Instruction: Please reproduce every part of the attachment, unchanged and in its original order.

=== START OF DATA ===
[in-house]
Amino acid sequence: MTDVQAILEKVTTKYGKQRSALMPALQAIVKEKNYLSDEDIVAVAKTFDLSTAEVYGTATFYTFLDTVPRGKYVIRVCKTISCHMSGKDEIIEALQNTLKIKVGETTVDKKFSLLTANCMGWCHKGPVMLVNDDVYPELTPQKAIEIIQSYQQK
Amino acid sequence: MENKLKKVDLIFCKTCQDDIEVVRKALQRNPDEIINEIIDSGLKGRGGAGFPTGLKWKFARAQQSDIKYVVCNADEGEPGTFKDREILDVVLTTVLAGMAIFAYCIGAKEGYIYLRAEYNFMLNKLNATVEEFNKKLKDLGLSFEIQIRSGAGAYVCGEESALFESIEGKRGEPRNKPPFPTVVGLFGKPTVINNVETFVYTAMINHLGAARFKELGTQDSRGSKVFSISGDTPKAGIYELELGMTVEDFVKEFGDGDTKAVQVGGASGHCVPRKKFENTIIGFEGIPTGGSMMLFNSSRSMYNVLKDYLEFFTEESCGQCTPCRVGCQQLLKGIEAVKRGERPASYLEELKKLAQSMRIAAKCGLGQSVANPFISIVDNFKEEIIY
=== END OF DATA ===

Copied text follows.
[in-house]
Amino acid sequence: MTDVQAILEKVTTKYGKQRSALMPALQAIVKEKNYLSDEDIVAVAKTFDLSTAEVYGTATFYTFLDTVPRGKYVIRVCKTISCHMSGKDEIIEALQNTLKIKVGETTVDKKFSLLTANCMGWCHKGPVMLVNDDVYPELTPQKAIEIIQSYQQK
Amino acid sequence: MENKLKKVDLIFCKTCQDDIEVVRKALQRNPDEIINEIIDSGLKGRGGAGFPTGLKWKFARAQQSDIKYVVCNADEGEPGTFKDREILDVVLTTVLAGMAIFAYCIGAKEGYIYLRAEYNFMLNKLNATVEEFNKKLKDLGLSFEIQIRSGAGAYVCGEESALFESIEGKRGEPRNKPPFPTVVGLFGKPTVINNVETFVYTAMINHLGAARFKELGTQDSRGSKVFSISGDTPKAGIYELELGMTVEDFVKEFGDGDTKAVQVGGASGHCVPRKKFENTIIGFEGIPTGGSMMLFNSSRSMYNVLKDYLEFFTEESCGQCTPCRVGCQQLLKGIEAVKRGERPASYLEELKKLAQSMRIAAKCGLGQSVANPFISIVDNFKEEIIY